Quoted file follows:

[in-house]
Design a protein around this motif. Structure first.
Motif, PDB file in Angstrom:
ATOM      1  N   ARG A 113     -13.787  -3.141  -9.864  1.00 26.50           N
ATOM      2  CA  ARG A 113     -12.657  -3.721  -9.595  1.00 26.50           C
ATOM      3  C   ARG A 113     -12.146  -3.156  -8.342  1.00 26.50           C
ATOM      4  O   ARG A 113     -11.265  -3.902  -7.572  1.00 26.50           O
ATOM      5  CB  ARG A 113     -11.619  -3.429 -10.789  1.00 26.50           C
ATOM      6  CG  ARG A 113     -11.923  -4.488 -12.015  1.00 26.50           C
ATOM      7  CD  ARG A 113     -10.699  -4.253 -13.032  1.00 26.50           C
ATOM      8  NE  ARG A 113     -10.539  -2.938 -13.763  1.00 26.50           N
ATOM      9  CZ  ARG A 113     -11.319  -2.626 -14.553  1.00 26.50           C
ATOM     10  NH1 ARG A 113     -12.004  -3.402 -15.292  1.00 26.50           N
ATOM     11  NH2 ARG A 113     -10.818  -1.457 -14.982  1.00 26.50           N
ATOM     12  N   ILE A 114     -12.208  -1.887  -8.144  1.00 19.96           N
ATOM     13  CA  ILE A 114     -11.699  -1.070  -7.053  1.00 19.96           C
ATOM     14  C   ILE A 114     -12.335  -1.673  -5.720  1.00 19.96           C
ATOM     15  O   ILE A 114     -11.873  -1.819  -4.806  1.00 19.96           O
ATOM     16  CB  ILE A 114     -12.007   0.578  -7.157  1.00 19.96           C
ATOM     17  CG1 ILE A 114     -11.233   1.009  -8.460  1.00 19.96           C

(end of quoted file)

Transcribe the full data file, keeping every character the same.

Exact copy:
[in-house]
Design a protein around this motif. Structure first.
Motif, PDB file in Angstrom:
ATOM      1  N   ARG A 113     -13.787  -3.141  -9.864  1.00 26.50           N
ATOM      2  CA  ARG A 113     -12.657  -3.721  -9.595  1.00 26.50           C
ATOM      3  C   ARG A 113     -12.146  -3.156  -8.342  1.00 26.50           C
ATOM      4  O   ARG A 113     -11.265  -3.902  -7.572  1.00 26.50           O
ATOM      5  CB  ARG A 113     -11.619  -3.429 -10.789  1.00 26.50           C
ATOM      6  CG  ARG A 113     -11.923  -4.488 -12.015  1.00 26.50           C
ATOM      7  CD  ARG A 113     -10.699  -4.253 -13.032  1.00 26.50           C
ATOM      8  NE  ARG A 113     -10.539  -2.938 -13.763  1.00 26.50           N
ATOM      9  CZ  ARG A 113     -11.319  -2.626 -14.553  1.00 26.50           C
ATOM     10  NH1 ARG A 113     -12.004  -3.402 -15.292  1.00 26.50           N
ATOM     11  NH2 ARG A 113     -10.818  -1.457 -14.982  1.00 26.50           N
ATOM     12  N   ILE A 114     -12.208  -1.887  -8.144  1.00 19.96           N
ATOM     13  CA  ILE A 114     -11.699  -1.070  -7.053  1.00 19.96           C
ATOM     14  C   ILE A 114     -12.335  -1.673  -5.720  1.00 19.96           C
ATOM     15  O   ILE A 114     -11.873  -1.819  -4.806  1.00 19.96           O
ATOM     16  CB  ILE A 114     -12.007   0.578  -7.157  1.00 19.96           C
ATOM     17  CG1 ILE A 114     -11.233   1.009  -8.460  1.00 19.96           C